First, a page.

Rules of Civility by Amor Towles: Summary & Notes

Rating: 8/10

Available at: Amazon

Related: A Gentleman in Moscow, The Great Gatsby


A period novel set in New York in 1937, the book recounts the most formative year of the main character's life.

The book has been compared to The Great Gatsby, and for good reason. You're transported to the glamorous New York of the early 20th century, and the world of wealthy New Yorkers.

The title comes from George Washington's Rules of Civility & Decent Behavior in Company and Conversation.

The writing is easy and stylish, and the book is a joy to read.


  • As a quick aside, let me observe that in moments of high emotion—whether they’re triggered by anger or envy, humiliation or resentment—if the next thing you’re going to say makes you feel better, then it’s probably the wrong thing to say.
  • —Most people have more needs than wants. That’s why they live the lives they do. But the world is run by those whose wants outstrip their needs.
  • Which is just to say, be careful when choosing what you’re proud of—because the world has every intention of using it against you.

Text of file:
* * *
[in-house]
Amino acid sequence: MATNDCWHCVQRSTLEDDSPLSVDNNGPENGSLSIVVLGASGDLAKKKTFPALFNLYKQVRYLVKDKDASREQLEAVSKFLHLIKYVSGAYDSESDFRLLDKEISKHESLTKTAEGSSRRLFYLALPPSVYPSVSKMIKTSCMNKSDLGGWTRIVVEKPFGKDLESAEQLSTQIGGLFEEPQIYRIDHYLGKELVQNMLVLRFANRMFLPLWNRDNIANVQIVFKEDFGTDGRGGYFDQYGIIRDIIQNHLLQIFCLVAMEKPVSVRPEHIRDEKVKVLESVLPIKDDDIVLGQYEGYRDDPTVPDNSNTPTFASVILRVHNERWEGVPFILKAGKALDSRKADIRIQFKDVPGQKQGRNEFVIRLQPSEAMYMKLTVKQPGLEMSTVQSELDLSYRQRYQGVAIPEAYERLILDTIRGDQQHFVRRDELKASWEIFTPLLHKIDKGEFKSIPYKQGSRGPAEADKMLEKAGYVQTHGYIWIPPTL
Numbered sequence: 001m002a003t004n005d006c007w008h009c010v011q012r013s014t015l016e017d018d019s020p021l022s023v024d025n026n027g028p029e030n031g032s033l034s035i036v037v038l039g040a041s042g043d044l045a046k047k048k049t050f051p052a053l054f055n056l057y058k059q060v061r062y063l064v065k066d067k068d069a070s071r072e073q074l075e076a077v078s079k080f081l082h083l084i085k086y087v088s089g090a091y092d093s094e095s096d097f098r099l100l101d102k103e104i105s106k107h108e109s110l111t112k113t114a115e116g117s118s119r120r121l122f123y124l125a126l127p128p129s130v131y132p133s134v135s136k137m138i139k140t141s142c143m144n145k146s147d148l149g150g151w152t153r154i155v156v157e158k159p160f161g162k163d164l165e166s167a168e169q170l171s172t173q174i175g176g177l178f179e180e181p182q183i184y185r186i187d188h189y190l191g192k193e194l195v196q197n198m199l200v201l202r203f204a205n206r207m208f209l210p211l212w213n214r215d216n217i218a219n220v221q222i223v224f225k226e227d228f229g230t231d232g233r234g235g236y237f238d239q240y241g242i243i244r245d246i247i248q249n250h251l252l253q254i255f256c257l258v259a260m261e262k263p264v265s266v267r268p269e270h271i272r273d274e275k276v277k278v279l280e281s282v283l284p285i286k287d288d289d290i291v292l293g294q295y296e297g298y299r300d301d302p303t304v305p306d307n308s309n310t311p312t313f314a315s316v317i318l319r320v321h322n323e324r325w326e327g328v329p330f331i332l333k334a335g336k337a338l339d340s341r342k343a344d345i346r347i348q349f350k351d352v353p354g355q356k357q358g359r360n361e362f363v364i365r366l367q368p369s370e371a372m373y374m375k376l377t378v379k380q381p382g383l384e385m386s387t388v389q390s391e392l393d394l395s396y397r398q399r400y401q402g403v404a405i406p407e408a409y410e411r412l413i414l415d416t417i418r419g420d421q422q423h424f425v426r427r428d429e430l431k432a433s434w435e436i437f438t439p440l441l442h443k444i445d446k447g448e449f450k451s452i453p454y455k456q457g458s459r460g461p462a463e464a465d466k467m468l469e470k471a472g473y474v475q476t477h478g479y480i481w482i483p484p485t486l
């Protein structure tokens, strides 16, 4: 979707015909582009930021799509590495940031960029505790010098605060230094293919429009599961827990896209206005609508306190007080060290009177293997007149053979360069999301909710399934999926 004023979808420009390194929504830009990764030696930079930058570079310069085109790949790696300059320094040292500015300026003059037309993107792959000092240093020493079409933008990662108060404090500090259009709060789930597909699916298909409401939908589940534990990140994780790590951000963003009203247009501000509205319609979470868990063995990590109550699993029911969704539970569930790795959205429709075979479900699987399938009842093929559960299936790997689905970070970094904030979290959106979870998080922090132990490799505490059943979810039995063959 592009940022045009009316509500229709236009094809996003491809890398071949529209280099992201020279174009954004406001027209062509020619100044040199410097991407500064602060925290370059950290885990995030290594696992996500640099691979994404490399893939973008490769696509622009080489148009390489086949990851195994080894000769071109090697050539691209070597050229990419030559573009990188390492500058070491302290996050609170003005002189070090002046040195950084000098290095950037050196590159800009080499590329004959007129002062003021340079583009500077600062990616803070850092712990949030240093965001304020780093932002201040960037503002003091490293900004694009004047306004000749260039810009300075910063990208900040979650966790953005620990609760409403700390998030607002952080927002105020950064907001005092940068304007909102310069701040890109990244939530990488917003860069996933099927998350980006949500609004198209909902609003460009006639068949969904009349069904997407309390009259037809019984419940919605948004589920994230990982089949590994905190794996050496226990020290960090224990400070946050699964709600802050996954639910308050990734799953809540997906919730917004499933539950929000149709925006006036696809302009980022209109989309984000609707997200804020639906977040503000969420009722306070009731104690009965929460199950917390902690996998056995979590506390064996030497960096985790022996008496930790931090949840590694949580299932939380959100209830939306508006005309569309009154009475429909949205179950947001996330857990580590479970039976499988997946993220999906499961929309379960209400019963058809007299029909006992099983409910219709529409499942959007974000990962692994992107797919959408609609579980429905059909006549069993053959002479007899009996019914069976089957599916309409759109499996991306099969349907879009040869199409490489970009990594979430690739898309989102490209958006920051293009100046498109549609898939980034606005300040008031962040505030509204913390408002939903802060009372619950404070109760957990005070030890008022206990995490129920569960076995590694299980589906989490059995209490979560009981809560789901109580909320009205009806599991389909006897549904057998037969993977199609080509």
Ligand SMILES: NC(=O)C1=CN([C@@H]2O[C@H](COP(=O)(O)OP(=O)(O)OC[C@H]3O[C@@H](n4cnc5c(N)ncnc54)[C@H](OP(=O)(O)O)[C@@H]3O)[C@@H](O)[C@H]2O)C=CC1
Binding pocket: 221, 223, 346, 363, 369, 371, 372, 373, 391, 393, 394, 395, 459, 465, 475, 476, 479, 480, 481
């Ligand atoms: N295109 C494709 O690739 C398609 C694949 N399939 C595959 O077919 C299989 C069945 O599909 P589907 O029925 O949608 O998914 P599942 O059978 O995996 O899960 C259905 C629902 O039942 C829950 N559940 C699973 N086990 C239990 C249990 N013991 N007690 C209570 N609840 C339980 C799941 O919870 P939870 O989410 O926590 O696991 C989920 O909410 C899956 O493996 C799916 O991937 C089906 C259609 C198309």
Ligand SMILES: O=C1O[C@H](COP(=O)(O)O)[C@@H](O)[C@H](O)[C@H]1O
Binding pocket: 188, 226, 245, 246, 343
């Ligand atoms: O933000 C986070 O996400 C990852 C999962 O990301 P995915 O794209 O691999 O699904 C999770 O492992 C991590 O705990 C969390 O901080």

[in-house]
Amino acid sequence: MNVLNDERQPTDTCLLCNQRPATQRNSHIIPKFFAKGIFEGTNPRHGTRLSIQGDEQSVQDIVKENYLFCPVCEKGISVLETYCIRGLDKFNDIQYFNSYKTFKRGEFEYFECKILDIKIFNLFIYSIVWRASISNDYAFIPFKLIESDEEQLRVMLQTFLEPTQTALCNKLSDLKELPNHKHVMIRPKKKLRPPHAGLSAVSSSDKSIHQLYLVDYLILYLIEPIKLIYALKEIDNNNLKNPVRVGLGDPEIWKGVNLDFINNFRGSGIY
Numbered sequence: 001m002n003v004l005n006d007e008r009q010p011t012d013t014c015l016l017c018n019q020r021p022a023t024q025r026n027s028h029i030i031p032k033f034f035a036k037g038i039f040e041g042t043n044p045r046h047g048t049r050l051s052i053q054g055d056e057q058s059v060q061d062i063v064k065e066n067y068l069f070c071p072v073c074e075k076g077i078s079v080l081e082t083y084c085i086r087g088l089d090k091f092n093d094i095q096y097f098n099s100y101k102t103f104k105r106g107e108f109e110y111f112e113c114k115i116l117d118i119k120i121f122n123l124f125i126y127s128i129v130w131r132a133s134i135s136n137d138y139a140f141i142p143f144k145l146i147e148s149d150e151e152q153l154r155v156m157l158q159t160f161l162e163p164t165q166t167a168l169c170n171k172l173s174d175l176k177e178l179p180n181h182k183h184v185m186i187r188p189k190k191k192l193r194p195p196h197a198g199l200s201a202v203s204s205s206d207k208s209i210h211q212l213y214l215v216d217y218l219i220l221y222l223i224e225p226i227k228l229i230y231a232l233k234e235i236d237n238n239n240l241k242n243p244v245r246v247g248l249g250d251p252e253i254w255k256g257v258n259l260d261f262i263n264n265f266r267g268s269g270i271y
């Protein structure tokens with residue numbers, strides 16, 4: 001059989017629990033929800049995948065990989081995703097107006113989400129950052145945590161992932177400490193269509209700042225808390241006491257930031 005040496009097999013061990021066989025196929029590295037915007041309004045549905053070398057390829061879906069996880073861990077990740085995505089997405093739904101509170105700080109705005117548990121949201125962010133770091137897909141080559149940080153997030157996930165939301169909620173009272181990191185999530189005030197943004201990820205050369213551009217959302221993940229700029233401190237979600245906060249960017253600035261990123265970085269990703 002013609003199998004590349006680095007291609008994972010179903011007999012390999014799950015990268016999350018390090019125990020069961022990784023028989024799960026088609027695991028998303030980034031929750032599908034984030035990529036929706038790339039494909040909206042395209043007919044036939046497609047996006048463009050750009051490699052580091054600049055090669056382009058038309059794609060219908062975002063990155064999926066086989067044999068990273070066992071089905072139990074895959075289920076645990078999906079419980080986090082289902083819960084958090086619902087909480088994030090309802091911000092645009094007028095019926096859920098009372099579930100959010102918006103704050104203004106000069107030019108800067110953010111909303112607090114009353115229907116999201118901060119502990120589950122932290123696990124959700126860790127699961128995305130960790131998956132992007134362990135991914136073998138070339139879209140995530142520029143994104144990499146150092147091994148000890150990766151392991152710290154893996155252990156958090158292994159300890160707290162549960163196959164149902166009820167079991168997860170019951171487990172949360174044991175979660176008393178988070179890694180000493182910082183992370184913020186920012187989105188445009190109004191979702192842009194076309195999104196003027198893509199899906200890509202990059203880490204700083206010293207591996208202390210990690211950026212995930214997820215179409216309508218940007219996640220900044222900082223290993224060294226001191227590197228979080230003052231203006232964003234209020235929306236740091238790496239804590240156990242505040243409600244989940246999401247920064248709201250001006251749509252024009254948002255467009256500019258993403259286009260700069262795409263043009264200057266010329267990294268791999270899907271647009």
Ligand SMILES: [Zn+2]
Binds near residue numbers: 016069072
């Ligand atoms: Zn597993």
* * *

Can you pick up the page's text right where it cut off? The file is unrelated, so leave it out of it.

• One must be prepared to fight for one’s simple pleasures and to defend them against elegance and erudition and all manner of glamorous enticements.
  • Old times, as my father used to say: If you’re not careful, they’ll gut you like a fish.
  • —If we only fell in love with people who were perfect for us, he said, then there wouldn’t be so much fuss about love in the first place.
  • Because when some incident sheds a favorable light on an old and absent friend, that’s about as good a gift as chance intends to offer.
  • —That’s the problem with being born in New York, the old newsman observed a little sadly. You’ve got no New York to run away to.
  • He always looked his best, I thought to myself, when circumstances called for him to be a boy and a man at the same time.
  • I know that right choices by definition are the means by which life crystallizes loss.

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